information exchange, and working to foster a culture of safety both within and between agencies working in the same environment. INTERDISCIPLINARY COLLABORATION Challenges to improved collaboration between EMS and other healthcare disciplines include the historical legacy of operating in different siloes, the lack of existing opportunities for communication and operational, oppositional stances between different disciplines around scope of practice. Strategies to improve interdisciplinary collaboration include aggressively seeking opportunities for dialogue and participation, including conversations peripheral to traditional EMS topics, the creation of partnerships with other organizations to provide combined services or at least exchange information, creating multi-agency partnerships to better align geographically with a hospital or health plans coverage area, and working with other community healthcare stakeholders to create a common vision for the full spectrum of community-based care. MEDICAL DIRECTION & OVERSIGHT Challenges to strong medical direction and oversight and leadership include a still dysfunctional job market, the underutilization of EMS physicians in system design and strategic planning, transforming educational needs for EMS physicians from emergency medicine only to new emphasis on population health, inconsistent roles of state EMS medical directors, and tension between greater physician involvement and paramedic professionalism. Strategies to strengthen medical oversight in order to promote innovation include greater support for medical directors in practice, continuously improving medical director education to meet evolving needs, incorporation of medical directors into agency decision making processes, placing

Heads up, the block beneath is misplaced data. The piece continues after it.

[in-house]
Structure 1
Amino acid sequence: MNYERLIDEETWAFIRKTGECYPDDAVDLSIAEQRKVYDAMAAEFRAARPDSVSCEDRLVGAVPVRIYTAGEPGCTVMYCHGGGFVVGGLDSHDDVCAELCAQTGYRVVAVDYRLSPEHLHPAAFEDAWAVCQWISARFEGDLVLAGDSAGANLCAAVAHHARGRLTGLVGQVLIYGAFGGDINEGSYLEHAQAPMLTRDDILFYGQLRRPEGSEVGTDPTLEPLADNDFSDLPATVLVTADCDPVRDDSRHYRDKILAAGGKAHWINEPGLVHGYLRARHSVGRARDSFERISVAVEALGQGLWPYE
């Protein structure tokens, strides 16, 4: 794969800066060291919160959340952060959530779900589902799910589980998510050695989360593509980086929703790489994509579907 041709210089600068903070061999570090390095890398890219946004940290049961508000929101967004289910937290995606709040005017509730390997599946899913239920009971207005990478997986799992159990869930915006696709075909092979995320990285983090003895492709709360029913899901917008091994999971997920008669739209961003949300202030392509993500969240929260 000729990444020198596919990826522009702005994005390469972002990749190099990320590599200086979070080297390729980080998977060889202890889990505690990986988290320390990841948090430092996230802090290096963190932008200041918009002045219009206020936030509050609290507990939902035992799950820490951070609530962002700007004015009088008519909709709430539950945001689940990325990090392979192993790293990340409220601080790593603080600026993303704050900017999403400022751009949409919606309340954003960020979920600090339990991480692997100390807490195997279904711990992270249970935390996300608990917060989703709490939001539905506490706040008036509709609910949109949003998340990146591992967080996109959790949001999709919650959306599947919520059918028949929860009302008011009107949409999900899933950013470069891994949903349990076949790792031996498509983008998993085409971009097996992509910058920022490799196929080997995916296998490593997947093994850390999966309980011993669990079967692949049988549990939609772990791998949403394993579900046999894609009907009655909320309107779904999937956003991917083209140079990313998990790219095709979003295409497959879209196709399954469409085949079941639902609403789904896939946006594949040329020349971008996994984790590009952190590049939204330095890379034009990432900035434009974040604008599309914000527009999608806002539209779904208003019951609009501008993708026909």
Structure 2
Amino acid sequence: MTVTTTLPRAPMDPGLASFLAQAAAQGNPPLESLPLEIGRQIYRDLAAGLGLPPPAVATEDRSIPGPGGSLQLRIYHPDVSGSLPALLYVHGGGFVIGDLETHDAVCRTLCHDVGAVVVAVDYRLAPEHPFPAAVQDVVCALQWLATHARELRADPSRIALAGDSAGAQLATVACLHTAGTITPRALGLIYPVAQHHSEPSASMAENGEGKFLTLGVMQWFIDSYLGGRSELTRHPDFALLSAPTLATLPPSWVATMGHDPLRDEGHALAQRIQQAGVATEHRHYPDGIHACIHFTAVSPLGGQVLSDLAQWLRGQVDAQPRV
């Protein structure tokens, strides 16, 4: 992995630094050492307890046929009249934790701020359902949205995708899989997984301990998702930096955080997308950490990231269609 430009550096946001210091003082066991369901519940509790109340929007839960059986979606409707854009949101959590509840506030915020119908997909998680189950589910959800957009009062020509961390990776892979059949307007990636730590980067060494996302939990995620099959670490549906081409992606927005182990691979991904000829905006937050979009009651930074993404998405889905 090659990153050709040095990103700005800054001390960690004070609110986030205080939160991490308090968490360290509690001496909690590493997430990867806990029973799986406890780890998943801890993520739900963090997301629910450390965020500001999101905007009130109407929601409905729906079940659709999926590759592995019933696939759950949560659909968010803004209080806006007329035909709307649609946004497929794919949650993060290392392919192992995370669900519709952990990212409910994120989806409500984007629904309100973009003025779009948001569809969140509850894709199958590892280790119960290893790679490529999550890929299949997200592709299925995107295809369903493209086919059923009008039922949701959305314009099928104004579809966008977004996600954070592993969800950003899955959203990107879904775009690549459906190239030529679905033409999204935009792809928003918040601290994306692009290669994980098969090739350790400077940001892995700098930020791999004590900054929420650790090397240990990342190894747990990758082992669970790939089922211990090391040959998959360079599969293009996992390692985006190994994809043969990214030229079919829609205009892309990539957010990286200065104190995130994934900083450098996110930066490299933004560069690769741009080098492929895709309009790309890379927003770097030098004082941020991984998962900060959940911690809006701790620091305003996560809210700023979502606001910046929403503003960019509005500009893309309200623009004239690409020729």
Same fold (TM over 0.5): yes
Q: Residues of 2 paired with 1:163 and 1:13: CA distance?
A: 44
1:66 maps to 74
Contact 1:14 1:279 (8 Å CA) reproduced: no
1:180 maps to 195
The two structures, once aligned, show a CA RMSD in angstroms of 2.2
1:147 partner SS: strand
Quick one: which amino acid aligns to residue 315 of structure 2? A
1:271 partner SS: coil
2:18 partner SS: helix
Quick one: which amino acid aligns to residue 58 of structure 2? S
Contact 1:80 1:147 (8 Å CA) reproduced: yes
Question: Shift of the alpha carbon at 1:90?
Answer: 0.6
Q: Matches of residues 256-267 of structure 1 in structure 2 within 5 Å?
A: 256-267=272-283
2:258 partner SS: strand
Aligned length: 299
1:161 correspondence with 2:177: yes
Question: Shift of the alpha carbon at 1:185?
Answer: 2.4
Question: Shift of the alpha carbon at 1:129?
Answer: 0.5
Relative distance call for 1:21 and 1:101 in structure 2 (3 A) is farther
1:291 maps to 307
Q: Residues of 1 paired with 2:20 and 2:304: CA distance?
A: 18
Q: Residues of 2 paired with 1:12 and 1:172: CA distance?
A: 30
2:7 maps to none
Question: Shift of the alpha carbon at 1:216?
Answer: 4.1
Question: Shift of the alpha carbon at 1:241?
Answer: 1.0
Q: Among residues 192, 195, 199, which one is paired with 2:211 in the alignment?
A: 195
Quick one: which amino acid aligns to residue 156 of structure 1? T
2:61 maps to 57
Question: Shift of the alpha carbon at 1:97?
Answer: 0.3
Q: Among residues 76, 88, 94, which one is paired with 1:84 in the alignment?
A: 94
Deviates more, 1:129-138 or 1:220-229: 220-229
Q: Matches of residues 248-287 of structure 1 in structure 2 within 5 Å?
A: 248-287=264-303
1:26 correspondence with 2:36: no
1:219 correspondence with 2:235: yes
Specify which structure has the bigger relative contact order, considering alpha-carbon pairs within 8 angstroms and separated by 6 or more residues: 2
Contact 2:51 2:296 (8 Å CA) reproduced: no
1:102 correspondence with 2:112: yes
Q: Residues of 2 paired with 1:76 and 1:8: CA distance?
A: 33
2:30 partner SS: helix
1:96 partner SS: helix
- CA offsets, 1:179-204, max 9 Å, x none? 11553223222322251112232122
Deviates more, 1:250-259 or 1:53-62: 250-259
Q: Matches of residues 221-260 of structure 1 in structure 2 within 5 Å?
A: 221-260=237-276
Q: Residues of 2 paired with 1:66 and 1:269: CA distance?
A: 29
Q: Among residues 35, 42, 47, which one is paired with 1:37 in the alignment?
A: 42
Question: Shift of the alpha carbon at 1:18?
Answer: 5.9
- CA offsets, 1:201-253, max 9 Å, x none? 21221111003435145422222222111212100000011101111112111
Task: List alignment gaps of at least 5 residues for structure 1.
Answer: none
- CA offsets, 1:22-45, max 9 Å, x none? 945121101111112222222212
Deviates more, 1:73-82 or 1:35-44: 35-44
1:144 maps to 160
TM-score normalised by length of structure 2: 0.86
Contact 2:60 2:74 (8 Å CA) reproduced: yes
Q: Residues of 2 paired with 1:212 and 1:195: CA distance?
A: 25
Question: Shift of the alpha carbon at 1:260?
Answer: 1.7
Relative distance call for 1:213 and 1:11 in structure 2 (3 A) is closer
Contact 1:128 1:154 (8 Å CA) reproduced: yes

greater emphasis on measuring outcomes and improving quality, and optimizing the role of state medical directors. DATA & TELECOMMUNICATION Challenges to innovation in the area of data and telecommunication include inadequate data collection and data management capabilities, an incident-based record keeping system that is incongruous to other healthcare systems, an inability to exchange information between agencies or with other healthcare partners, inaccurate understandings and application of federal privacy laws, and slow adoption of new telecommunication technologies. Strategies to overcome these barriers include moving toward longitudinal record keeping practices with more standardization of data elements and processes, pursuit of a universal patient identifier that transcends individual record systems, incentivizing the exchange of health information between EMS agencies and with health information exchanges, encouraging the use of EMS data for public health and population health analytics, partnering with new technology developers to make better use of social media and smart phone capabilities, integrating telehealth into EMS care, and preparing for integration with FirstNet, an interoperable public safety-grade broadband network. CONCLUSION Using the specific recommendations made in this document, the EMS industry and profession can create a more favorable environment for innovation through improved regulatory frameworks, better financial alignment, a stronger educational foundation, greater regional coordination and interdisciplinary collaboration, stronger medical oversight, and enhanced data and telecommunication capabilities.
MOUNT SINAI HEALTH SYSTEM | UNIVERSITY OF CALIFORNIA, SAN DIEGO
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